This project investigates the statues and their cultural implications in early China from an arthistorical perspective. With the main objectives broadly addressing to religious, social, and cultural problems, the project aims to contribute to the understanding of meanings and functions of early Chinese statuary and their long-term historical development, mainly, from the Springs-and-Autumns period to the end of Eastern Han. The latter moment is taken here as the watershed of the inquiry not only because it generally coincides with the beginning of the Medieval era in China, but also because from this point and onward a critical rupture in the perception of statuary is noted along with the newly introduced catalyst of Buddhism.
Arguably, before this intervention of Buddhism, there seem no “cult statues” institutionalized in the mainstream of early Chinese rituals. This influx of Buddhist statuary was thus an event of phenomenal import to bring about some fundamental shift in religious practice and material culture in the ensuing centuries. In order to take full account of this historic event, it is prerequisite to comprehend the preceding status quo of statuary in Chinese society before and around the moment when this crucial juncture was made. But in our previous discussion of this transition, the factor of statuary itself has been largely and problematically omitted, whereas many researchers have approached the rise of Buddhist statuary in terms of stylistic
and iconographic diffusion as well as of sinicization that ensued in China. Therefore, by highlighting the centrality of statuary as a problem proper, this study exactly plans to fill in this gap in historiography.
By statuary, I refer to three-dimensionally fashioned artifacts, whether carved, built, or cast, principally expected to be experienced in the round. Among an array of themes of statuary, I primarily focus on mimetic human figures. In comparison to other themes of animals or imaginary entities, naturalistically rendered human figures are relatively scarce through the longue durée and, if they do exist, they typically depict low social ranks. This suggests us an important ritual and political aspect pertaining to statuary in pre-Buddhist China. Statues functioned in service of various religious and socio-political purposes, but their possibility as a cult object (or an end purpose of religious devotion itself) had hardly been factored in early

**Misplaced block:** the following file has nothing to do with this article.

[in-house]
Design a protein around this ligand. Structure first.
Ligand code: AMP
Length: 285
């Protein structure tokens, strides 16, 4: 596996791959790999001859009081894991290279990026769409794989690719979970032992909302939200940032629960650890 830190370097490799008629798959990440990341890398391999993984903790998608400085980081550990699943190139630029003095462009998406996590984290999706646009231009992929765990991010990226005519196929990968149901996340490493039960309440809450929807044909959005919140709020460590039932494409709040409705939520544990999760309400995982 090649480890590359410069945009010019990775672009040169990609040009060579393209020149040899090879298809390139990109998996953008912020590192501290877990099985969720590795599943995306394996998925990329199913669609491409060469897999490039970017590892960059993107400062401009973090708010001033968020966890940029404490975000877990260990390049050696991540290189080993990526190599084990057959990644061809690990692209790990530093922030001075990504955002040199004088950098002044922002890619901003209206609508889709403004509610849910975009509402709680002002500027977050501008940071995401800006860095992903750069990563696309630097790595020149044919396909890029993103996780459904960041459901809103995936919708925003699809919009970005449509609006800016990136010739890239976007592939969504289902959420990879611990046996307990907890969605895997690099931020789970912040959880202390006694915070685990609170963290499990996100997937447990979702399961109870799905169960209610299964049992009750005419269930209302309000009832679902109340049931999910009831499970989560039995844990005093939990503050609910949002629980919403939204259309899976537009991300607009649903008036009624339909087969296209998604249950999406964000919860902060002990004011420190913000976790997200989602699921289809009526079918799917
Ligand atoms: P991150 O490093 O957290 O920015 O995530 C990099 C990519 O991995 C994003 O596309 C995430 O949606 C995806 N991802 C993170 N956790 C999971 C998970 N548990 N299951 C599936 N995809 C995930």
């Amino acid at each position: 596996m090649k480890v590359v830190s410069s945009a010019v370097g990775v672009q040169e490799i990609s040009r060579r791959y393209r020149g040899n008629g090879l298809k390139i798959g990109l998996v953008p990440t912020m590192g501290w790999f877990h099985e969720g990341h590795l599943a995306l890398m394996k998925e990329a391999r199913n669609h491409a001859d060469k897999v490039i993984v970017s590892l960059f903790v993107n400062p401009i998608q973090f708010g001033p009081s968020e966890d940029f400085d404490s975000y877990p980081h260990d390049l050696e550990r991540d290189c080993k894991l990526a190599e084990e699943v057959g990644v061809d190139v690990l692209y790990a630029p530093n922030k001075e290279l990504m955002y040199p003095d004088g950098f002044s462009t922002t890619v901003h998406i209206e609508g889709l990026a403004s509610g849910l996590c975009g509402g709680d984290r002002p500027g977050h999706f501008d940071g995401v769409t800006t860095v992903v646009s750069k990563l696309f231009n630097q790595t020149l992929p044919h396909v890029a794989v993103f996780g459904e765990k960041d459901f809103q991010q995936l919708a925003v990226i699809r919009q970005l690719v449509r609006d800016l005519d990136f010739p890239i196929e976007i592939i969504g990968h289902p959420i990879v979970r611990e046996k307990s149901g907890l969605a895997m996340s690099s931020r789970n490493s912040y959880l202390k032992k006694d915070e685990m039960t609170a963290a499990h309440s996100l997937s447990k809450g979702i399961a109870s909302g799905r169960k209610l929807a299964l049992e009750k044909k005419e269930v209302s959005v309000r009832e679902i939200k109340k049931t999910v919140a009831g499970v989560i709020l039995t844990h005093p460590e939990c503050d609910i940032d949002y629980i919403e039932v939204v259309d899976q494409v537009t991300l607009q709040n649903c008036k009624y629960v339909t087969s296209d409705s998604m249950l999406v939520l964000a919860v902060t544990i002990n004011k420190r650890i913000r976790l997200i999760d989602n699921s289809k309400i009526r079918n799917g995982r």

Chinese ritual landscape. In essence, statuary in early China was a rhetorical medium and equipment to symbolize and consolidate prevalent social structure.
“The Slashed Effigy of Ding Lan: Iconophobia and Image Anxiety in Eastern Han China,” Text, Artifact and Context: A Workshop on Cultural Practices in Early China, Hong Kong Baptist University, December 13, 2017.
“Early Buddhist Image-Making in China: Recent Discoveries and New Interpretations,” read at the international conference organized by Jonathan A. Silk, Chinese Buddhism and the Scholarship of Erik Zürcher, Universiteit Leiden, The Netherlands, February 12, 2014.
“Sculpture for Worship: The Buddhist Influx and the Cult of Images in Medieval China,” Department of the History of Art, Yale University, 19 March 2012.